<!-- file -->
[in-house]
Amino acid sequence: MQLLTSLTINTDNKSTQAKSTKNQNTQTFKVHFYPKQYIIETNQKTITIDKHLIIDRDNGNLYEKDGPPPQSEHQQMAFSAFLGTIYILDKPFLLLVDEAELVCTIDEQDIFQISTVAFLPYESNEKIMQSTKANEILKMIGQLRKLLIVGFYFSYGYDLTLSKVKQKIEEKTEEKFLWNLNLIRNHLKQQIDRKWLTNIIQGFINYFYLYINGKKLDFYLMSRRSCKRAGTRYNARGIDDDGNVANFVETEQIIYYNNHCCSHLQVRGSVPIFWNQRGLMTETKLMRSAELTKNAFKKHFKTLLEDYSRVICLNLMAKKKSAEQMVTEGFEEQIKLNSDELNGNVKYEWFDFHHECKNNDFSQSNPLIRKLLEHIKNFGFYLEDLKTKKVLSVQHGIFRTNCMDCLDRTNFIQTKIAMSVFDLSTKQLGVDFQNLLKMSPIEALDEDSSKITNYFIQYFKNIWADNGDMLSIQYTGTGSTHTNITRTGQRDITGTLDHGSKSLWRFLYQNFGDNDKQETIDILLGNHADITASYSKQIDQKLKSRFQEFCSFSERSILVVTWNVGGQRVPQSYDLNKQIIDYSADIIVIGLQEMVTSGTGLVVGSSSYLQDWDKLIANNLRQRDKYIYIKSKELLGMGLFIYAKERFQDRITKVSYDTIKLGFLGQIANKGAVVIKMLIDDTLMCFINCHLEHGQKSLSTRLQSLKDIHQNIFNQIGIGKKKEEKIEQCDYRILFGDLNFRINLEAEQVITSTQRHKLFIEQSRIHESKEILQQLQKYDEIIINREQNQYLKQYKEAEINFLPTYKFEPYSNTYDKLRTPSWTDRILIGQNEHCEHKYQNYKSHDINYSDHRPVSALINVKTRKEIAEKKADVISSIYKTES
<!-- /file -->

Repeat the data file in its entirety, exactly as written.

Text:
[in-house]
Amino acid sequence: MQLLTSLTINTDNKSTQAKSTKNQNTQTFKVHFYPKQYIIETNQKTITIDKHLIIDRDNGNLYEKDGPPPQSEHQQMAFSAFLGTIYILDKPFLLLVDEAELVCTIDEQDIFQISTVAFLPYESNEKIMQSTKANEILKMIGQLRKLLIVGFYFSYGYDLTLSKVKQKIEEKTEEKFLWNLNLIRNHLKQQIDRKWLTNIIQGFINYFYLYINGKKLDFYLMSRRSCKRAGTRYNARGIDDDGNVANFVETEQIIYYNNHCCSHLQVRGSVPIFWNQRGLMTETKLMRSAELTKNAFKKHFKTLLEDYSRVICLNLMAKKKSAEQMVTEGFEEQIKLNSDELNGNVKYEWFDFHHECKNNDFSQSNPLIRKLLEHIKNFGFYLEDLKTKKVLSVQHGIFRTNCMDCLDRTNFIQTKIAMSVFDLSTKQLGVDFQNLLKMSPIEALDEDSSKITNYFIQYFKNIWADNGDMLSIQYTGTGSTHTNITRTGQRDITGTLDHGSKSLWRFLYQNFGDNDKQETIDILLGNHADITASYSKQIDQKLKSRFQEFCSFSERSILVVTWNVGGQRVPQSYDLNKQIIDYSADIIVIGLQEMVTSGTGLVVGSSSYLQDWDKLIANNLRQRDKYIYIKSKELLGMGLFIYAKERFQDRITKVSYDTIKLGFLGQIANKGAVVIKMLIDDTLMCFINCHLEHGQKSLSTRLQSLKDIHQNIFNQIGIGKKKEEKIEQCDYRILFGDLNFRINLEAEQVITSTQRHKLFIEQSRIHESKEILQQLQKYDEIIINREQNQYLKQYKEAEINFLPTYKFEPYSNTYDKLRTPSWTDRILIGQNEHCEHKYQNYKSHDINYSDHRPVSALINVKTRKEIAEKKADVISSIYKTES